Booze-Infused Night at Park Distillery

    Naomi Witherick June 4, 2016

    First impressions told me Park Distillery was unique: campfire-inspired cuisine, a lodge-like building and housemade spirits that make this the only distillery in a Canadian National Park.

    I ate there with friends one Friday evening. The weekend had brought glamorous out-of-towners and dressed-down locals to the chic Banff Avenue venue furnished with cabin accents.


    Seating us at an upstairs table overlooking the copper distiller, our server told us more about the place. Park has been making spirits for over a year and the menu includes “made with booze” items, infused with varieties of liquor.

    We started with cocktails. The bar offers an impressive drinks menu that includes Park’s housemade rye and classic, vanilla, chili and espresso vodka.

    I chose the Yoho Traverse cocktail with dark rum, apricot brandy, passion fruit, lime juice and syrup. It had a rich flavour with a fruity aftertaste that didn’t overpower the food.

    To start, I shared a portion of cornbread with my friend Sara. The four chunky slices had a cake-like texture and were served with boozy maple rum butter. Though it tasted incredible, it was so filling we struggled to finish the whole portion.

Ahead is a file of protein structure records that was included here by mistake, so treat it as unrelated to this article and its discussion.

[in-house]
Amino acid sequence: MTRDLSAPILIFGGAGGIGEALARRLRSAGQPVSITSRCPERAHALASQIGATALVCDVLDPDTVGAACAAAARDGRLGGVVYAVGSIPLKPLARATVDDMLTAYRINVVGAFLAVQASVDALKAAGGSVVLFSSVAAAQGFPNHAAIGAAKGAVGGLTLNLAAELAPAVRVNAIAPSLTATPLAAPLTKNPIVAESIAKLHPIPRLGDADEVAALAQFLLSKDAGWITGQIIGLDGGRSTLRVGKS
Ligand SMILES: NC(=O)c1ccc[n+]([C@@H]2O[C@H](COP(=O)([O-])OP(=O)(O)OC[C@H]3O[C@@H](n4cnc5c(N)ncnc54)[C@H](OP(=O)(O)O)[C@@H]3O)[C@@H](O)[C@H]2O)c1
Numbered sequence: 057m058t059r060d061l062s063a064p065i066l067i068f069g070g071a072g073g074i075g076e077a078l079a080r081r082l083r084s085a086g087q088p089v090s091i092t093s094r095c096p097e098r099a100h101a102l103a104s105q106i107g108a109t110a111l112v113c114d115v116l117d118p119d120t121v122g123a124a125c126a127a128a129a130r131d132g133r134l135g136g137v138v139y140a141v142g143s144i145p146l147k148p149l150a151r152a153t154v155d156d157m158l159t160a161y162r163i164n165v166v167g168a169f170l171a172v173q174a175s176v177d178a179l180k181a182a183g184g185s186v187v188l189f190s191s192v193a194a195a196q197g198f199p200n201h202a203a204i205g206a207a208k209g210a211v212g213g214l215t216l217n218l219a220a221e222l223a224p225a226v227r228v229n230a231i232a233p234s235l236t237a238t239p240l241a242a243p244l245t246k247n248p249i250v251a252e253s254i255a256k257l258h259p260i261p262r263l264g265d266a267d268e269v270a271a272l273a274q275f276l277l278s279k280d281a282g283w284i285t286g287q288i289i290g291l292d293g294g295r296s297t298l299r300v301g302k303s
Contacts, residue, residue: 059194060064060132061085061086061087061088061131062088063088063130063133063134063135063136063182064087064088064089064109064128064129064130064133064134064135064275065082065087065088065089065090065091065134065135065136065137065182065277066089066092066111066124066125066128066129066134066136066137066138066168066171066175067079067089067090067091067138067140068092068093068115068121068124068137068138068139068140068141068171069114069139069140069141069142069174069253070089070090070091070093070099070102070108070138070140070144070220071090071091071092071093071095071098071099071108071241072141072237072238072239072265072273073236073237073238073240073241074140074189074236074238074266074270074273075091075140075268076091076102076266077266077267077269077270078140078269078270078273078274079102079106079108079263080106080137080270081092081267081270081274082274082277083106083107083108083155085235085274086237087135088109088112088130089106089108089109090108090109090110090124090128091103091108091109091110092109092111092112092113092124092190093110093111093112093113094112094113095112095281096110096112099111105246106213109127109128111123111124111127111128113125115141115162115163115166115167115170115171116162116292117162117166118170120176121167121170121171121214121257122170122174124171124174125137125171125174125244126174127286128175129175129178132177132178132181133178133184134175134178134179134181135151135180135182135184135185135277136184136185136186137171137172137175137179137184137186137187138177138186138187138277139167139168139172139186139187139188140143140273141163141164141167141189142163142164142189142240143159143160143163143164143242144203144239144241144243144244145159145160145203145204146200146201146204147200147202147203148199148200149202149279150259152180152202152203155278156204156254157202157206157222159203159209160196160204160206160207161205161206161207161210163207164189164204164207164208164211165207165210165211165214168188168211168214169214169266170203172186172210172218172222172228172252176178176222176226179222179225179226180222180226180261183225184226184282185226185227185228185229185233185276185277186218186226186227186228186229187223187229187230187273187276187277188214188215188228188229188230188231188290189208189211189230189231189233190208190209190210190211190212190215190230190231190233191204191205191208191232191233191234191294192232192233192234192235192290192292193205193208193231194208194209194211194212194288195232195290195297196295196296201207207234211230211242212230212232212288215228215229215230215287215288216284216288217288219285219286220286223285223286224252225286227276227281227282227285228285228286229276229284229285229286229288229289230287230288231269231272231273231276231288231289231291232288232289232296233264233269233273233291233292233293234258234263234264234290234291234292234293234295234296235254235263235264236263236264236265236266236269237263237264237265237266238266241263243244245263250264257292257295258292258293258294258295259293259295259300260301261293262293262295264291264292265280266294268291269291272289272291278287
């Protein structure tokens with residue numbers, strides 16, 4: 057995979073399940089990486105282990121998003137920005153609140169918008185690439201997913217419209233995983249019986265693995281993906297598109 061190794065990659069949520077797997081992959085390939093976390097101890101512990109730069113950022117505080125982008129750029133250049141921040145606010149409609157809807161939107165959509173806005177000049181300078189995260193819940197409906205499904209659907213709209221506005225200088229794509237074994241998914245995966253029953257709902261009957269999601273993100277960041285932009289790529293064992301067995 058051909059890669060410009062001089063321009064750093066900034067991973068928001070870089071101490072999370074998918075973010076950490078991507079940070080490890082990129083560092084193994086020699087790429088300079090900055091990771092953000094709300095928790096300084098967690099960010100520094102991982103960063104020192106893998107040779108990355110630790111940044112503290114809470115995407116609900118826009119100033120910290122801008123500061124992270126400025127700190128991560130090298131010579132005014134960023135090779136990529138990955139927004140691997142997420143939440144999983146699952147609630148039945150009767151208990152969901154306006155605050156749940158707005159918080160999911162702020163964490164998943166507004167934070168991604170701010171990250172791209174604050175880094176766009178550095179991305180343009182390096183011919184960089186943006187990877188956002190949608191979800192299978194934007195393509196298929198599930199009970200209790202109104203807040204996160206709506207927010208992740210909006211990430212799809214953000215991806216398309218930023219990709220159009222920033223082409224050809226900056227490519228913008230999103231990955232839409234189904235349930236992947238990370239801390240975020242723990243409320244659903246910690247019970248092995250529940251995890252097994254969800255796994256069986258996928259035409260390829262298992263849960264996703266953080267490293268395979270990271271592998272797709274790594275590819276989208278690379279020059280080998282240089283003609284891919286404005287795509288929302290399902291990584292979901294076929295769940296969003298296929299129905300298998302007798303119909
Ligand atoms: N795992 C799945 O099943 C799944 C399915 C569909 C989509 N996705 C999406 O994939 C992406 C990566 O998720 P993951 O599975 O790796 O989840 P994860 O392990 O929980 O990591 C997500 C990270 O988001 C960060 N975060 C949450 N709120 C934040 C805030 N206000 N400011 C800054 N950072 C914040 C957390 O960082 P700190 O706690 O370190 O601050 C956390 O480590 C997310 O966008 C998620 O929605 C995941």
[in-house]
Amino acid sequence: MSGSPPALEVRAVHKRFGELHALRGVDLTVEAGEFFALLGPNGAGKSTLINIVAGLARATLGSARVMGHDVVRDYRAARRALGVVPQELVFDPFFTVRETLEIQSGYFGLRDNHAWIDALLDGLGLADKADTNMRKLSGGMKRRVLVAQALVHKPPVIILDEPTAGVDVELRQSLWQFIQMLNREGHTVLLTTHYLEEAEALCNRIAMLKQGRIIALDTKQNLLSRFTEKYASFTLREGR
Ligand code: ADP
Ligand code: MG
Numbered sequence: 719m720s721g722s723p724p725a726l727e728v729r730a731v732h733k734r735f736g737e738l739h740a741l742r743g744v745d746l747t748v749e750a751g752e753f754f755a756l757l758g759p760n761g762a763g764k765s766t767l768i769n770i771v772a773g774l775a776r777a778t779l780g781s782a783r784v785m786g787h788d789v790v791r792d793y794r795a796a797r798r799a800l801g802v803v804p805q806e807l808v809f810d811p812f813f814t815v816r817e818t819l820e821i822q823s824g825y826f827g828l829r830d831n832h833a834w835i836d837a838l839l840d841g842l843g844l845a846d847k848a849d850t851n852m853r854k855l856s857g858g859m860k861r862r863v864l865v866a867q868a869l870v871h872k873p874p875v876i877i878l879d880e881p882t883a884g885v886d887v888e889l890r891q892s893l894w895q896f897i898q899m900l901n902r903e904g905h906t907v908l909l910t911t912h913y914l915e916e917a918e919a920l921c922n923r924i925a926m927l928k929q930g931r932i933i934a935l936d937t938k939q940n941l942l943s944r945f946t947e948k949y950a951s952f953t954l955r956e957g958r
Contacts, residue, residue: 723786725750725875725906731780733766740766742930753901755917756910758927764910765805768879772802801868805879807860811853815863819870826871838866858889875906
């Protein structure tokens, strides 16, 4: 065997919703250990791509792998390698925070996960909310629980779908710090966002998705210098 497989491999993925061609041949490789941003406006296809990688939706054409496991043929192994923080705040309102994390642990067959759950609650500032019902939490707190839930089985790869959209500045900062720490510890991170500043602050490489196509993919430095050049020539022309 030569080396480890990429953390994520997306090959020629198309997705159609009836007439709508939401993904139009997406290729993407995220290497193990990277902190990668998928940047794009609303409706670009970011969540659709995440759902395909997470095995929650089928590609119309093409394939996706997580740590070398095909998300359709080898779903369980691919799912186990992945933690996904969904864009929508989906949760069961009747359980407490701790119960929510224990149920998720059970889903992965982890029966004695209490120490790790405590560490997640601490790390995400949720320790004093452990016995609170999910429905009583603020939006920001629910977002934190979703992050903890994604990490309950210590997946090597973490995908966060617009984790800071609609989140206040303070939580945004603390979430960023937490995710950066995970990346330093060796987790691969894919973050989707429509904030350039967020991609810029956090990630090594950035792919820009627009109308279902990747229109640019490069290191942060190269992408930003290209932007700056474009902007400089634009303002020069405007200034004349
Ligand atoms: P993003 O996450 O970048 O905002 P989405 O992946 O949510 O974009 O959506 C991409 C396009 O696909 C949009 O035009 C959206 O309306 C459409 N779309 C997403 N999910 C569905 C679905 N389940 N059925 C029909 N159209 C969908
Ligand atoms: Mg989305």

Another friend had the Cornflake Pulled Pork Fingers with maple whisky and bacon dipping sauce. She said the tender meat complimented the fingers’ crispy exterior and tasted great with the salty, liquor-based dip.

    Most of our party had the pulled chicken sandwich as a main. Cooked on a rotisserie fuelled with Okanagan cherry wood, the chicken was tender, moist and singed with wood-fired flavour.

    My friend Grace had the Bourbon and Pear salad, with warm chicken, almonds and bourbon vinaigrette. Like the starters, she said the boozy dressing was a striking accompaniment.

    The meal was delicious but I still wasn’t satisfied. As a helpless coffee addict I was determined to sample Park’s espresso vodka, and found myself ordering a neat shot for dessert.

    The espresso element was quite bitter, as though the coffee beans it was made with had been over roasted. That burnt flavour was difficult to ignore, but (despite my lack of vodka tasting expertise) I thought the vodka had fantastic quality. Along with the flavour-packed food and boozy sauces, it was a real tribute to this exclusive Banff venue.

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